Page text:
As we enter the final stretch of 2019, the number of disruptive tech platforms we’ve seen flourish is truly astonishing. Out of all of them, perhaps one of the easiest to actually experience on a day-to-day basis would have to be the 3D camera, as popularized by Matterport. 3D cameras allow prospective buyers or occupiers of spaces to go on virtual walkthroughs of buildings in 360 degrees, stitched together for interactive touring like Google Street View. It’s a substantial upgrade from the static photo gallery in every way; the ability to freely see every corner of a given space is something that standard photography simply can’t achieve.
But for as successful as 3D cameras have become, it seems like much of the discussion about them focuses on helping buyers or lessees view spaces. That’s akin to using an airplane solely for taxiing from place to place, since 3D cameras have such a diverse set of uses. One company excited to talk about those other uses is GeoCV, Matterport’s competitor, which differentiates itself in part by basing its capture system around a Samsung Galaxy with an additional sensor and armature, as opposed to Matterport’s non-smartphone camera system. One area where Matterport and GeoCV are in line is in applications for construction. Matterport touts its system’s ability to capture images, measure distance, export to clients, and perform CAD edits during the construction process. GeoCV’s CEO and co-founder, Anton Yakubenko, told me that the potential applications of his company’s cameras include adding a tool to the arsenal of project managers: “while the building is being constructed, it could be scanned on a daily basis, and the 3D scan could be compared with the reference design and all deviations could be determined before they could cause delays and losses. The same analysis could be done on-site in AR when the reference design is overlaid on top of the real construction.”
Of course, GeoCV still has a focus on offering a 3D camera solution to landlords and sellers. But Anton explained that the opportunities go much farther than that. One particular future use comes by way of digital twin technology, itself another nascent tech prospect that has seen a lot of buzz this year. “Imagine a hundred sensors located throughout the building and another hundred smart devices to control. Now imagine you want to get readings from a sensor in a particular location, or turn on a device in a particular location. Looking at a long list of such sensors or devices is not the best UX…GeoCV 3D tours allow creating spatially linked annotations with custom HTML code. Basically, one can place a pin to any point in the 3D tour, say an IoT sensor, and show data from this sensor inside this pin. Or such a pin could be an interactive control for a smart device.”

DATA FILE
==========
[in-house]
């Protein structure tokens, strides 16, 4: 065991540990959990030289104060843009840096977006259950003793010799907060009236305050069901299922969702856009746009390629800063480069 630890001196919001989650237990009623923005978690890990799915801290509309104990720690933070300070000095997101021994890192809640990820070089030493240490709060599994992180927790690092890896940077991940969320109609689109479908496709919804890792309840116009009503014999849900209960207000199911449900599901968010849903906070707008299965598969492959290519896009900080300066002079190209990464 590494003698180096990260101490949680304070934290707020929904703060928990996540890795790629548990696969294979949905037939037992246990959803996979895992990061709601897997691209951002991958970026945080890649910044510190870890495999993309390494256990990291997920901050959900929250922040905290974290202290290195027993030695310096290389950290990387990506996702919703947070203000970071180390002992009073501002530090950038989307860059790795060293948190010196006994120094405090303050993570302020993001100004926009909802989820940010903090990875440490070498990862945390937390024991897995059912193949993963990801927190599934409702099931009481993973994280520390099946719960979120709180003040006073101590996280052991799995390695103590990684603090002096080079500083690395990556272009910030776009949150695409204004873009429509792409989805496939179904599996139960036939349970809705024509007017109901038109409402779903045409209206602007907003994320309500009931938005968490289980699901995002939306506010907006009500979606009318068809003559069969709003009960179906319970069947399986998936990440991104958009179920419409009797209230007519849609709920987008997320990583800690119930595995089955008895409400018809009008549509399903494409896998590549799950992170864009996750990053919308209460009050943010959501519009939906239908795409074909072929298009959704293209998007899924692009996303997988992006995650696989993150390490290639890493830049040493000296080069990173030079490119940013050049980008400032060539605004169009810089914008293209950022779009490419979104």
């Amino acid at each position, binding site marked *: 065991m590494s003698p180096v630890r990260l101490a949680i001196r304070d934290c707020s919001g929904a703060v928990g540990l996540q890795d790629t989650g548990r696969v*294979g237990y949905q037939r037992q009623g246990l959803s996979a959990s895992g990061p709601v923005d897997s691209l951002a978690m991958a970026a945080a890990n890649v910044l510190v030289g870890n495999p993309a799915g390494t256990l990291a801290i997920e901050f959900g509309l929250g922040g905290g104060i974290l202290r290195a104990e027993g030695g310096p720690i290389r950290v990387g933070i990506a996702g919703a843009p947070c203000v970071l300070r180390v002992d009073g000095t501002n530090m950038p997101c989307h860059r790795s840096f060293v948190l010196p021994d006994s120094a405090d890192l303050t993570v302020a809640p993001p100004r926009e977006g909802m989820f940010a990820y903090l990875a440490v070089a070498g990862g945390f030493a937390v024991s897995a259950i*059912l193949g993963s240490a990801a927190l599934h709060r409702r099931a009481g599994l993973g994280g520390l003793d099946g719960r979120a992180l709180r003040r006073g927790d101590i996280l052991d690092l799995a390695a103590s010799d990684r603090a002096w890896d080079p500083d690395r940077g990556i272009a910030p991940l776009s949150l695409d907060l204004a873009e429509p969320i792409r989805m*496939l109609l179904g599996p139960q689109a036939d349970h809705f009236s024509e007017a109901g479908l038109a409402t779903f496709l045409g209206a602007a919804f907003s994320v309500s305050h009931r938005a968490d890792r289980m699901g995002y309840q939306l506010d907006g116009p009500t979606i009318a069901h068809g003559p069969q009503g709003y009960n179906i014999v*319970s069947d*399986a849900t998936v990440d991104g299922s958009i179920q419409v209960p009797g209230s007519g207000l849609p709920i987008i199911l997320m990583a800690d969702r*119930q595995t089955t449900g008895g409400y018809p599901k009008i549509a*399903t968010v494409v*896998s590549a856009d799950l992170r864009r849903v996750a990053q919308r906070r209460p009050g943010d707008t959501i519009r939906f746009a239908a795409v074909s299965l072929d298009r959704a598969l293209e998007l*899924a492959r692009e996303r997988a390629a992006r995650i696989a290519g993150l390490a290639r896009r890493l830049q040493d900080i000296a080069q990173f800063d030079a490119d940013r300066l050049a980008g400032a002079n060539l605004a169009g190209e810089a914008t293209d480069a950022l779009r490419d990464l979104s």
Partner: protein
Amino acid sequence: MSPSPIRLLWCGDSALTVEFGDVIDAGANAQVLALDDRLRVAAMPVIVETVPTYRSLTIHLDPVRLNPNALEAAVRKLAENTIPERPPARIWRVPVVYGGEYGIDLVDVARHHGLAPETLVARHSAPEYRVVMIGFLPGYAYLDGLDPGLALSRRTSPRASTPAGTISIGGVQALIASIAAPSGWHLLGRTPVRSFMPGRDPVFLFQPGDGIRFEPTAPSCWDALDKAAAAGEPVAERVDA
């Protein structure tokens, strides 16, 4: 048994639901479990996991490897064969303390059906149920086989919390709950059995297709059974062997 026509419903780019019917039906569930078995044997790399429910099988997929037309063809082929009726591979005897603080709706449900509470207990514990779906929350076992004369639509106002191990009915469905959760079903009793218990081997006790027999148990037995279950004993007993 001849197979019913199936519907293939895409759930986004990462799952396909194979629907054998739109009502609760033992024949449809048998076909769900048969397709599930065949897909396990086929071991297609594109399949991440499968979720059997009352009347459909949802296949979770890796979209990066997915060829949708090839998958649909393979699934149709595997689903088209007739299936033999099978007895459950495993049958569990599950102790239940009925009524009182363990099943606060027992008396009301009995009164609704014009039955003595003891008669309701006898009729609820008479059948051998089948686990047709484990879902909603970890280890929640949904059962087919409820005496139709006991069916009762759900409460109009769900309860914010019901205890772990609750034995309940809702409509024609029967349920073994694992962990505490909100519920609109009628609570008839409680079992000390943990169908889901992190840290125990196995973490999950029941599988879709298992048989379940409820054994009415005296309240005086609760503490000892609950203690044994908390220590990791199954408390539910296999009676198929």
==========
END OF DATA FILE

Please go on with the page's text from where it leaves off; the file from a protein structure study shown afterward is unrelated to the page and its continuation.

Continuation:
For space users, this could be a big deal. It isn’t hard to imagine a near-future where each tenant’s space is controlled via a digital twin interface accessible via computer or smartphone, where a network of sensors displays real-time data about occupancy, temperature, energy use, and beyond. Security cameras could even be integrated into such a system, making the platform perhaps the best expression of a true smart home (or office, or apartment) imaginable.
But the most interesting impact of 3D cameras will be the ability of these systems to fuel data science tools. Data science, of course, has been a very attractive field for a few years now. The sophistication of data science tools, particularly if you include machine learning and big data in the mix, is astounding. The challenge, especially in fields like commercial real estate, where data sets tend to be much smaller than on the residential side, is finding enough data to power the models. “3D data about real spaces that is collected by GeoCV could be used to train machine learning algorithms,” Anton said. “It’s extremely hard to collect such data, which makes it invaluable. Imagine how it could help to predict property price. Or insurance risks. Or helping a home robot navigating in the space. Or automatically understanding the floor plan of the space and recognizing furniture in it.”
In my perspective, pulling data from buildings is just the beginning. Think about Google Street View. As well as being a productivity killer of the first order, and the basis for the wonderful geography quiz game GeoGuessr, Street View imagery is already being used in research and automated applications, like the automatic detection and geolocation of street signs. Imagine “Street View 2.0”, where 3D cameras begin providing a visual digital twin for entire cities. This very subject is the focus of plenty of industry buzz right now, as a report from tech strategy advisory ABI Research points to the future for urban modeling. With city digital twins and data harvesting in mind, perhaps the next step would be an integration of city and building digital twins, helping energy planners get a more holistic view of usage, and first responders navigate not only to but through the interiors of buildings.
Soon enough, the property industry will begin to treat data science as a central element and not an add-on meant to supplement traditional workflows. The property industry will expect to know not only where something “should be” inside the walls of a building, but where it is exactly. Our buildings’ controls will look less like a dashboard and more like an overlapping set of heatmaps. When this day comes, we will start to utilize the full potential of 3D photography. But until then, we can always bide our time touring buildings on the other side of the globe with a nifty VR walkthrough.